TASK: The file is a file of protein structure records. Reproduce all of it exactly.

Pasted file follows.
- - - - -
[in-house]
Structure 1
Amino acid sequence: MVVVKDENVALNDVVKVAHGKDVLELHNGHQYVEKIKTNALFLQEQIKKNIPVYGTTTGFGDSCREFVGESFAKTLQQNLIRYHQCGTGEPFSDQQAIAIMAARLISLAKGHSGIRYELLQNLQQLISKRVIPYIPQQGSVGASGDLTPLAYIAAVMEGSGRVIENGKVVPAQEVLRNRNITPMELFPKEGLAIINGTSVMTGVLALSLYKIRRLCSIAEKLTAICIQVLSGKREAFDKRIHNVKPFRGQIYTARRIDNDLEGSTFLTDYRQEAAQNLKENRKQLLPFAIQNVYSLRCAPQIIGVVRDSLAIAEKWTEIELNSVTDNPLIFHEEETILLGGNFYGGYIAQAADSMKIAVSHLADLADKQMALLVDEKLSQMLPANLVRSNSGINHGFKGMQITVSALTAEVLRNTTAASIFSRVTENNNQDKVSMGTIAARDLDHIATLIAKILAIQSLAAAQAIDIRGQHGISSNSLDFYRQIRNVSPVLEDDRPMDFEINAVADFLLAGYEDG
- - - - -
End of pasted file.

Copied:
[in-house]
Structure 1
Amino acid sequence: MVVVKDENVALNDVVKVAHGKDVLELHNGHQYVEKIKTNALFLQEQIKKNIPVYGTTTGFGDSCREFVGESFAKTLQQNLIRYHQCGTGEPFSDQQAIAIMAARLISLAKGHSGIRYELLQNLQQLISKRVIPYIPQQGSVGASGDLTPLAYIAAVMEGSGRVIENGKVVPAQEVLRNRNITPMELFPKEGLAIINGTSVMTGVLALSLYKIRRLCSIAEKLTAICIQVLSGKREAFDKRIHNVKPFRGQIYTARRIDNDLEGSTFLTDYRQEAAQNLKENRKQLLPFAIQNVYSLRCAPQIIGVVRDSLAIAEKWTEIELNSVTDNPLIFHEEETILLGGNFYGGYIAQAADSMKIAVSHLADLADKQMALLVDEKLSQMLPANLVRSNSGINHGFKGMQITVSALTAEVLRNTTAASIFSRVTENNNQDKVSMGTIAARDLDHIATLIAKILAIQSLAAAQAIDIRGQHGISSNSLDFYRQIRNVSPVLEDDRPMDFEINAVADFLLAGYEDG